Heat Capacity of a system is defined as the amount of heat required to raise the temperature of a system by 1oC.
where, coefficient C is called the heat capacity.
C is directly proportional to the amount of substance.
It is the heat capacity for 1 mole of the substance.
Molar heat capacity
It is defined as the quantity of heat required to raise the temperature of a substance by 1o (kelvin or Celsius).
Specific Heat Capacity
It is defined as the heat required to raise the temperature of one unit mass of a substance by 1o (kelvin or Celsius).
q = C × m × ∆T
where m = mass of the substance
∆T = rise in temperature.
Relation between Cp and Cv for an Ideal Gas
At constant volume heat capacity = Cv
At constant pressure heat capacity = Cp
At constant volume qv = Cv ∆T = ∆U
At constant pressure qv = Cp ∆T = ∆H
For one mole of an ideal gas
On substituting the values of ∆H and ∆U, the equation is modified as
Measurement of ∆U and ∆H: Calorimetry
Determination of ∆U: ∆U is measured in a special type of calorimeter, called bomb calorimeter.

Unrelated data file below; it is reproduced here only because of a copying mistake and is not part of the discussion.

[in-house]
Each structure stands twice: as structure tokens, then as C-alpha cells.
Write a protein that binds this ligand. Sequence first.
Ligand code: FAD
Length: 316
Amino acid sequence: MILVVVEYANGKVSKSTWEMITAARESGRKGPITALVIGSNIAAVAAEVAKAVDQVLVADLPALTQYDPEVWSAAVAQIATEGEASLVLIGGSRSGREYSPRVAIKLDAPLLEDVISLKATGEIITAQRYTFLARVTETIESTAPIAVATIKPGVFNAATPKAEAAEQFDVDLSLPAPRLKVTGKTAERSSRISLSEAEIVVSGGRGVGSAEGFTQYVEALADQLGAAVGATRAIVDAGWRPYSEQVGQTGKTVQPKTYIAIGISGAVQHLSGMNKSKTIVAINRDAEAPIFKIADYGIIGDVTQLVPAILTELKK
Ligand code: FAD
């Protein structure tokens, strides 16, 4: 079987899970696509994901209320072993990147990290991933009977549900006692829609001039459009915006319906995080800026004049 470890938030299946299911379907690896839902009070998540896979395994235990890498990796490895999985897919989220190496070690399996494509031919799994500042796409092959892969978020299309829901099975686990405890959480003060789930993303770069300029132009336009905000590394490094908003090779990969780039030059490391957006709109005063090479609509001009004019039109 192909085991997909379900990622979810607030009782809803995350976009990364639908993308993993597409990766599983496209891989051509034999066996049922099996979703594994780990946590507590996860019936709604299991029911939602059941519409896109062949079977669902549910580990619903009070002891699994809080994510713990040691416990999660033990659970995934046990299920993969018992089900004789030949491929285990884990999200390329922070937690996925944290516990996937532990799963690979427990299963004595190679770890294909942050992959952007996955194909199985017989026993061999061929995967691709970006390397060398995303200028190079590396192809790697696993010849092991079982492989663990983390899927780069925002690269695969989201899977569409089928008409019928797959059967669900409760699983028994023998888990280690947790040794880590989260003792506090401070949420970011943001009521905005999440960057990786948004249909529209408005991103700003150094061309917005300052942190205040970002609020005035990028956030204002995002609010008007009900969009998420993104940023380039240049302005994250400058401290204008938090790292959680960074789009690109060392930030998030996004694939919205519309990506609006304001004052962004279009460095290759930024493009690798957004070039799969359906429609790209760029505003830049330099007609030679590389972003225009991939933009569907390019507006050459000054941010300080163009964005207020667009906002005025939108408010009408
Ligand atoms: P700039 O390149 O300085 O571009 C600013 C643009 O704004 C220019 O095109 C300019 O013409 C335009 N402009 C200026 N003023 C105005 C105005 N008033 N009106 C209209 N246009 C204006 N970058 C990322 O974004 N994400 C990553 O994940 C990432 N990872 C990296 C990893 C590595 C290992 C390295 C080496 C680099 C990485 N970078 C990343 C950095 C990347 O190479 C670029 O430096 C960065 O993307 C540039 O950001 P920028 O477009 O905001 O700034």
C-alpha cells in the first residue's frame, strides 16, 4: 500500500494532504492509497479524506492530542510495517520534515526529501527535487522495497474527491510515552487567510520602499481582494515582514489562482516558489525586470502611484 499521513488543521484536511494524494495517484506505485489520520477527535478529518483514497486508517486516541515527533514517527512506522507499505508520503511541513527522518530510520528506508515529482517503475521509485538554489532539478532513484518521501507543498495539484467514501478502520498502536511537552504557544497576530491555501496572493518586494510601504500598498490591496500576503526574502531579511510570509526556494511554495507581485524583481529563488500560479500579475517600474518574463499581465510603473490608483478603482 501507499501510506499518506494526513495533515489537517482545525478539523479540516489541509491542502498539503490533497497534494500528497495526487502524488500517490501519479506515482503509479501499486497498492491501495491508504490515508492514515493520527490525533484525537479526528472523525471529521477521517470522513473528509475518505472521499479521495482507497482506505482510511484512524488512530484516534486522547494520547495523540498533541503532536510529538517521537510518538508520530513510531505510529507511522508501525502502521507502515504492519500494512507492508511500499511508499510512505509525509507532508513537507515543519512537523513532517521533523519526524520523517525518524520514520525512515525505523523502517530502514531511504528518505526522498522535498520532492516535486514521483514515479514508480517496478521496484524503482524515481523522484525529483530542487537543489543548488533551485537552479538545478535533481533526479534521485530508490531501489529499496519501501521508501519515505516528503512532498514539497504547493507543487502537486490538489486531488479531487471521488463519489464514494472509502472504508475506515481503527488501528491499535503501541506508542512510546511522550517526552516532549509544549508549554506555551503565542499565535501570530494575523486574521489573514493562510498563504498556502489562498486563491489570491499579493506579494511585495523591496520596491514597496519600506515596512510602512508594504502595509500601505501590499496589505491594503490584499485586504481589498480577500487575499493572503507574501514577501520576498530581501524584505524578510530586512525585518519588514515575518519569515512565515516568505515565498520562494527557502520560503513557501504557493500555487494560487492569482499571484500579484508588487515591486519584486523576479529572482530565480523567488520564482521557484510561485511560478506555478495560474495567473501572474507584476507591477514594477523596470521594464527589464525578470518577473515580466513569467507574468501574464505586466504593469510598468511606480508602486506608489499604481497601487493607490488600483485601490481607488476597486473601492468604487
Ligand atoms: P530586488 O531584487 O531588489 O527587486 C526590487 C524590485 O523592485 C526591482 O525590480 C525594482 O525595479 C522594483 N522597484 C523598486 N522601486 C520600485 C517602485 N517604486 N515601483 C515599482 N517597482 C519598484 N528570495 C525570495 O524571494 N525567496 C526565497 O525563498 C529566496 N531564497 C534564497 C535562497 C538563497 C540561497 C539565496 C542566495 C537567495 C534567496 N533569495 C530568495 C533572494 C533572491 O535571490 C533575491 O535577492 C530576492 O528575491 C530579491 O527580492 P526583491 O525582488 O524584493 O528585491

Working with calorimeter:
The calorimeter consists of a strong vessel called (bomb) which can with stand very high pressure. It is surrounded by a water bath to ensure that no heat is lost to the surrounding.
A known mass of the combustible substance is burnt in the pressure of pure dioxygen in the steel bomb. Heat evolved during the reaction is transferred to the water and its temperature is monitored.
During the process volume remains constant
∆V = 0
Temperature change of the calorimeter is converted to qv.
The value of ∆U can be calculated using the formula.
Determination of ∆H:
At constant pressure heat evolved or absorbed is ∆qp is equal to the heat of reaction or enthalpy of reaction ∆rH.
∆rH = (Sum of enthalpies of products) – (Sum of enthalpies of reactants)
ai and bi are the stoichiometric coefficients.
Standard enthalpy of reactants: When reaction takes place at the standards state of substance the enthalpy of reaction is known as standard enthalpy. It is denoted by ∆H⊖.